Cellular responses to hypoxia in the pulmonary circulation

David J. Welsh, Andrew J. Peacock

Research output: Contribution to journalArticlepeer-review

36 Citations (Scopus)


Hypoxia can be defined as a reduction in available oxygen, whether in a whole organism or in a tissue or cell. It is a real life cause of pulmonary hypertension in humans both in terms of patients with chronic hypoxic lung disease and people living at high altitude. The effect of hypoxia on the pulmonary vasculature can be described in two ways; Hypoxic pulmonary vasoconstriction (HPV) (resulting from smooth muscle cell contraction) and pulmonary vascular remodelling (PVR) (resulting from pulmonary vascular cell proliferation). The pulmonary artery is made up of three resident cell types, the endothelial (intima), smooth muscle (media) and fibroblast (adventitia) cells. This review will examine the effects of hypoxia on the cells of the pulmonary vasculature and give an insight into the possible underlying mechanisms.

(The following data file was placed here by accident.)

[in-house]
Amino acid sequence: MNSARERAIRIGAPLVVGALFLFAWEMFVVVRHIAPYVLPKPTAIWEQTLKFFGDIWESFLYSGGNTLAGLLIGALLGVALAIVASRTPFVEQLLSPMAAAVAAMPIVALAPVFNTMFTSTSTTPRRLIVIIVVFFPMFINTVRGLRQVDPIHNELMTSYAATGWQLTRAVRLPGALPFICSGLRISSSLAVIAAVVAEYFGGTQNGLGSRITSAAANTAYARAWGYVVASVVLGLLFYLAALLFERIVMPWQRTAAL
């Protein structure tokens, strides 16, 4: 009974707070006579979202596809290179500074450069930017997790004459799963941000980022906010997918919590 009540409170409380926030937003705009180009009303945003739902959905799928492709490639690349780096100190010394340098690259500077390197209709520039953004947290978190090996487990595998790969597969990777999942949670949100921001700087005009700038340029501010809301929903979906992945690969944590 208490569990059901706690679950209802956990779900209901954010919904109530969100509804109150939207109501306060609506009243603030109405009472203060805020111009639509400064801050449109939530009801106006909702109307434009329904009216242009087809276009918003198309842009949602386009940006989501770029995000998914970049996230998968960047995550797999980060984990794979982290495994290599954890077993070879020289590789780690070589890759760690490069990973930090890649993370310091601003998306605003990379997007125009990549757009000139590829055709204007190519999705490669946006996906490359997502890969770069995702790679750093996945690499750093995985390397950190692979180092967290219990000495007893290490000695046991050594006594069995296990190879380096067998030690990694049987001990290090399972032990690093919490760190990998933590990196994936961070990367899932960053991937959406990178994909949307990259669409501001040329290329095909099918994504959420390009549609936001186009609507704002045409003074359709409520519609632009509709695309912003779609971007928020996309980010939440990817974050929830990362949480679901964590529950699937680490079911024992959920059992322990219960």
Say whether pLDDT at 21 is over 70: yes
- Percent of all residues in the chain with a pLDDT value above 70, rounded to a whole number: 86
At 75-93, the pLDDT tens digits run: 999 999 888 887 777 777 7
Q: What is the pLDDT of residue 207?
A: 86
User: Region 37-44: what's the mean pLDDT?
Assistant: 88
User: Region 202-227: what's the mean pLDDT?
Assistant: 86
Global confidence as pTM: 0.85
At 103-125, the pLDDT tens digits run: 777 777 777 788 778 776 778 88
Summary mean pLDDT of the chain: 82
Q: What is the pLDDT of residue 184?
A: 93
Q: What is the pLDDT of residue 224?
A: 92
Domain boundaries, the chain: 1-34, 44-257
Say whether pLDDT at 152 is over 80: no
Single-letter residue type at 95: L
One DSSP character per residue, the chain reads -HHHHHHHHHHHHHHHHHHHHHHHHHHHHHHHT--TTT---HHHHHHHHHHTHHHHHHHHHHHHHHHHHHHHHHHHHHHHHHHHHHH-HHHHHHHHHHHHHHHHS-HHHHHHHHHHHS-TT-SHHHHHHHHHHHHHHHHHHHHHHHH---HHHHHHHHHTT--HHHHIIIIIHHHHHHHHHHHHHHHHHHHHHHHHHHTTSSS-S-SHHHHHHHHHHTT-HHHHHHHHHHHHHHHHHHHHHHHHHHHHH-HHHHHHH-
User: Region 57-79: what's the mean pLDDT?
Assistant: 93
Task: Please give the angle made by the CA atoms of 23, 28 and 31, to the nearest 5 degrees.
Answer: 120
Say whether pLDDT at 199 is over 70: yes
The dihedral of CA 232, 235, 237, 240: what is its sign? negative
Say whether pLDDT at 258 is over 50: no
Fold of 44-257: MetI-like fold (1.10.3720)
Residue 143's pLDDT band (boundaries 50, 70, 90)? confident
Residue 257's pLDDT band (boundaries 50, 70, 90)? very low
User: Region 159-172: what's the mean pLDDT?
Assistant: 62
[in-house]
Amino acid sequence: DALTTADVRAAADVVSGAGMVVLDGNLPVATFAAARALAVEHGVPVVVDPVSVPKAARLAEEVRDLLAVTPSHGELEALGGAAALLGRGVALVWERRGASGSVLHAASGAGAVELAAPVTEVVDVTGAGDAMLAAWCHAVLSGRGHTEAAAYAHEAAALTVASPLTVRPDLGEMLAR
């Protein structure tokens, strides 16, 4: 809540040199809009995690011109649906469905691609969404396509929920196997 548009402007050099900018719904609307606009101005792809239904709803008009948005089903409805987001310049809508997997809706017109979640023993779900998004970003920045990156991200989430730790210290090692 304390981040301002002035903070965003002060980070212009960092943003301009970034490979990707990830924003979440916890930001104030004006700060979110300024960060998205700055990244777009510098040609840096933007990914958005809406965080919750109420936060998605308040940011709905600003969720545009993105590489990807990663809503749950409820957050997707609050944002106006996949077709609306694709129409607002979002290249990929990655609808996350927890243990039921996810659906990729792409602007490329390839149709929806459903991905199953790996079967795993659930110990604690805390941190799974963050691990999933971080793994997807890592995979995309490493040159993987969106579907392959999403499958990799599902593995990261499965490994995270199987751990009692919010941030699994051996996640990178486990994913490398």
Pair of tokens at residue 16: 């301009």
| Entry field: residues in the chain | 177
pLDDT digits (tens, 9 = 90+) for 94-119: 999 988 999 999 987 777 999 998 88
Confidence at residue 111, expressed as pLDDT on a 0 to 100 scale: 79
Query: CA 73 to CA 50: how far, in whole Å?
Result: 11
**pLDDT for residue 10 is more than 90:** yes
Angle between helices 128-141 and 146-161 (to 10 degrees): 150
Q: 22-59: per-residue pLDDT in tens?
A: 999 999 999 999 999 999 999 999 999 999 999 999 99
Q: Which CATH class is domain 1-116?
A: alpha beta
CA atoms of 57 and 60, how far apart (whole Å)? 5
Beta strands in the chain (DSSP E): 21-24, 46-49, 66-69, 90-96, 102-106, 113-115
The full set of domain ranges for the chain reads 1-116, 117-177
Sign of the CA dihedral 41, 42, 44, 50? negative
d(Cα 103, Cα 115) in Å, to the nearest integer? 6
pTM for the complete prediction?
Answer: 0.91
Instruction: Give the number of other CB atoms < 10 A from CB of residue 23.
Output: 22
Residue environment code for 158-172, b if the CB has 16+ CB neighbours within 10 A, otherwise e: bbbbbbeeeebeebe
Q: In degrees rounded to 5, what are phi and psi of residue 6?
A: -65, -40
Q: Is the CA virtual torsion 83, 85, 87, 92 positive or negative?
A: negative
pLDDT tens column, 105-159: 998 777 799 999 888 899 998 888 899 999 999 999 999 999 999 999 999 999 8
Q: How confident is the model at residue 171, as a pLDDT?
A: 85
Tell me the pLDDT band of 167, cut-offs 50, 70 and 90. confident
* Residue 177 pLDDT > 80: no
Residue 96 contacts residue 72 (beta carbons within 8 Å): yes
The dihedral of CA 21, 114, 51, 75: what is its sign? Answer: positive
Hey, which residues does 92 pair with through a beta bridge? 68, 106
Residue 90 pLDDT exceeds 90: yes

Original languageEnglish
Pages (from-to)111-116
Number of pages6
JournalHigh Altitude Medicine and Biology
Issue number2
Early online date24 Jun 2013
Publication statusPublished - Jun 2013


  • hypoxia fibroblasts
  • pulmonary circulation
  • pulmonary arterial hypertension

ASJC Scopus subject areas

  • Medicine(all)


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